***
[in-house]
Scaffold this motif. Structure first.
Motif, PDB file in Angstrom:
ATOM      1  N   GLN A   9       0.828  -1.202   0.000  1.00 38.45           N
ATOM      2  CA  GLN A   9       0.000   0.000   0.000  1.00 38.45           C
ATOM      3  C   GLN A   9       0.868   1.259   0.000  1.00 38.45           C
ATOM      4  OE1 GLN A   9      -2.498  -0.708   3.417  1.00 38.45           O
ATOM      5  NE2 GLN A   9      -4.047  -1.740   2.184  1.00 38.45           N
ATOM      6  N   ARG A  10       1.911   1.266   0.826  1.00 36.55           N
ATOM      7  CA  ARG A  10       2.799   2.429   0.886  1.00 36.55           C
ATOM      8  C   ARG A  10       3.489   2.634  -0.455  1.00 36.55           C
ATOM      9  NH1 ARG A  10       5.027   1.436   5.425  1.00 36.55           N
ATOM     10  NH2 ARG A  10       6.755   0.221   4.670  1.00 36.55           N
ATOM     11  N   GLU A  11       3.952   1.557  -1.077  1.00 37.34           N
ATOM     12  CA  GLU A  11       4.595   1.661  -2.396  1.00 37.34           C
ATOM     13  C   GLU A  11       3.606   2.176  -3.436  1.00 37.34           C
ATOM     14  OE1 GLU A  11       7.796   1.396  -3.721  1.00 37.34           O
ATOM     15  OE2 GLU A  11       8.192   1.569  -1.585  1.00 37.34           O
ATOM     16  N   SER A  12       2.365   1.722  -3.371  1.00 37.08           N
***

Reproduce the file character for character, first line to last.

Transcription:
[in-house]
Scaffold this motif. Structure first.
Motif, PDB file in Angstrom:
ATOM      1  N   GLN A   9       0.828  -1.202   0.000  1.00 38.45           N
ATOM      2  CA  GLN A   9       0.000   0.000   0.000  1.00 38.45           C
ATOM      3  C   GLN A   9       0.868   1.259   0.000  1.00 38.45           C
ATOM      4  OE1 GLN A   9      -2.498  -0.708   3.417  1.00 38.45           O
ATOM      5  NE2 GLN A   9      -4.047  -1.740   2.184  1.00 38.45           N
ATOM      6  N   ARG A  10       1.911   1.266   0.826  1.00 36.55           N
ATOM      7  CA  ARG A  10       2.799   2.429   0.886  1.00 36.55           C
ATOM      8  C   ARG A  10       3.489   2.634  -0.455  1.00 36.55           C
ATOM      9  NH1 ARG A  10       5.027   1.436   5.425  1.00 36.55           N
ATOM     10  NH2 ARG A  10       6.755   0.221   4.670  1.00 36.55           N
ATOM     11  N   GLU A  11       3.952   1.557  -1.077  1.00 37.34           N
ATOM     12  CA  GLU A  11       4.595   1.661  -2.396  1.00 37.34           C
ATOM     13  C   GLU A  11       3.606   2.176  -3.436  1.00 37.34           C
ATOM     14  OE1 GLU A  11       7.796   1.396  -3.721  1.00 37.34           O
ATOM     15  OE2 GLU A  11       8.192   1.569  -1.585  1.00 37.34           O
ATOM     16  N   SER A  12       2.365   1.722  -3.371  1.00 37.08           N